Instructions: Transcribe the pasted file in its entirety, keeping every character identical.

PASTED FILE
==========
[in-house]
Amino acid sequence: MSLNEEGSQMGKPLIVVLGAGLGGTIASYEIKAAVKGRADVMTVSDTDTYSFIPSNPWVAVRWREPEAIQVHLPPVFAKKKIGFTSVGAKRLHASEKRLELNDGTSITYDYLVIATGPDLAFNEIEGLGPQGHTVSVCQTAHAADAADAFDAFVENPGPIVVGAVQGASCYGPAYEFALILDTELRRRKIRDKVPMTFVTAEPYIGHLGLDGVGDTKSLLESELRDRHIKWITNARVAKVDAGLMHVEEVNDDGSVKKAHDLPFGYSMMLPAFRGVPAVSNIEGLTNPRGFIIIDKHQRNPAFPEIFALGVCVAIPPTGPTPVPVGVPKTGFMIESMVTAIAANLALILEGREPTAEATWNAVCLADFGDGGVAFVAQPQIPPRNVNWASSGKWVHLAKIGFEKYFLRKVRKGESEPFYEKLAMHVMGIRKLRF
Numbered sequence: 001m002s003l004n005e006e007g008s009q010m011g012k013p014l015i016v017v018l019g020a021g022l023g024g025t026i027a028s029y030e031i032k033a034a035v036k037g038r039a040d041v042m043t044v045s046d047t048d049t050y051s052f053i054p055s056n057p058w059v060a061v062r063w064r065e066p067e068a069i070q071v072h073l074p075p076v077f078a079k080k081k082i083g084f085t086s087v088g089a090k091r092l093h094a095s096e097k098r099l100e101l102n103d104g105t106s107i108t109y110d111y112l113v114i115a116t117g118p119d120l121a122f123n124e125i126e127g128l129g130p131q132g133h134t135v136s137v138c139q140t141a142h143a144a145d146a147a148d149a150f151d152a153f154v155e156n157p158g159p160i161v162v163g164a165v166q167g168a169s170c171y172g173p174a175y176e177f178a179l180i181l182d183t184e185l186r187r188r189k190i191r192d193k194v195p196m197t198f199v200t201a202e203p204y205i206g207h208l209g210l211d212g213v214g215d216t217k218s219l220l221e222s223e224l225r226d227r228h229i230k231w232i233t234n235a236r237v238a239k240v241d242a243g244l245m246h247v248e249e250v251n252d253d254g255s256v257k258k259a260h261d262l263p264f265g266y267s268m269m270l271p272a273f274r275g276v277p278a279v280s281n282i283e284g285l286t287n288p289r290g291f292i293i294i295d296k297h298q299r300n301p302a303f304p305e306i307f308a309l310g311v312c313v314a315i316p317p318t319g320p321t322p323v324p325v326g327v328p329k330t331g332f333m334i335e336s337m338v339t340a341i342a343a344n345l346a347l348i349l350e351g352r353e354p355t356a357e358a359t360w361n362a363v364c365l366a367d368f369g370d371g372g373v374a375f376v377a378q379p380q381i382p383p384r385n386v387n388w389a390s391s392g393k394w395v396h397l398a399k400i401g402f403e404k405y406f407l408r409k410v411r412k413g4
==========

[in-house]
Amino acid sequence: MSLNEEGSQMGKPLIVVLGAGLGGTIASYEIKAAVKGRADVMTVSDTDTYSFIPSNPWVAVRWREPEAIQVHLPPVFAKKKIGFTSVGAKRLHASEKRLELNDGTSITYDYLVIATGPDLAFNEIEGLGPQGHTVSVCQTAHAADAADAFDAFVENPGPIVVGAVQGASCYGPAYEFALILDTELRRRKIRDKVPMTFVTAEPYIGHLGLDGVGDTKSLLESELRDRHIKWITNARVAKVDAGLMHVEEVNDDGSVKKAHDLPFGYSMMLPAFRGVPAVSNIEGLTNPRGFIIIDKHQRNPAFPEIFALGVCVAIPPTGPTPVPVGVPKTGFMIESMVTAIAANLALILEGREPTAEATWNAVCLADFGDGGVAFVAQPQIPPRNVNWASSGKWVHLAKIGFEKYFLRKVRKGESEPFYEKLAMHVMGIRKLRF
Numbered sequence: 001m002s003l004n005e006e007g008s009q010m011g012k013p014l015i016v017v018l019g020a021g022l023g024g025t026i027a028s029y030e031i032k033a034a035v036k037g038r039a040d041v042m043t044v045s046d047t048d049t050y051s052f053i054p055s056n057p058w059v060a061v062r063w064r065e066p067e068a069i070q071v072h073l074p075p076v077f078a079k080k081k082i083g084f085t086s087v088g089a090k091r092l093h094a095s096e097k098r099l100e101l102n103d104g105t106s107i108t109y110d111y112l113v114i115a116t117g118p119d120l121a122f123n124e125i126e127g128l129g130p131q132g133h134t135v136s137v138c139q140t141a142h143a144a145d146a147a148d149a150f151d152a153f154v155e156n157p158g159p160i161v162v163g164a165v166q167g168a169s170c171y172g173p174a175y176e177f178a179l180i181l182d183t184e185l186r187r188r189k190i191r192d193k194v195p196m197t198f199v200t201a202e203p204y205i206g207h208l209g210l211d212g213v214g215d216t217k218s219l220l221e222s223e224l225r226d227r228h229i230k231w232i233t234n235a236r237v238a239k240v241d242a243g244l245m246h247v248e249e250v251n252d253d254g255s256v257k258k259a260h261d262l263p264f265g266y267s268m269m270l271p272a273f274r275g276v277p278a279v280s281n282i283e284g285l286t287n288p289r290g291f292i293i294i295d296k297h298q299r300n301p302a303f304p305e306i307f308a309l310g311v312c313v314a315i316p317p318t319g320p321t322p323v324p325v326g327v328p329k330t331g332f333m334i335e336s337m338v339t340a341i342a343a344n345l346a347l348i349l350e351g352r353e354p355t356a357e358a359t360w361n362a363v364c365l366a367d368f369g370d371g372g373v374a375f376v377a378q379p380q381i382p383p384r385n386v387n388w389a390s391s392g393k394w395v396h397l398a399k400i401g402f403e404k405y406f407l408r409k410v411r412k413g4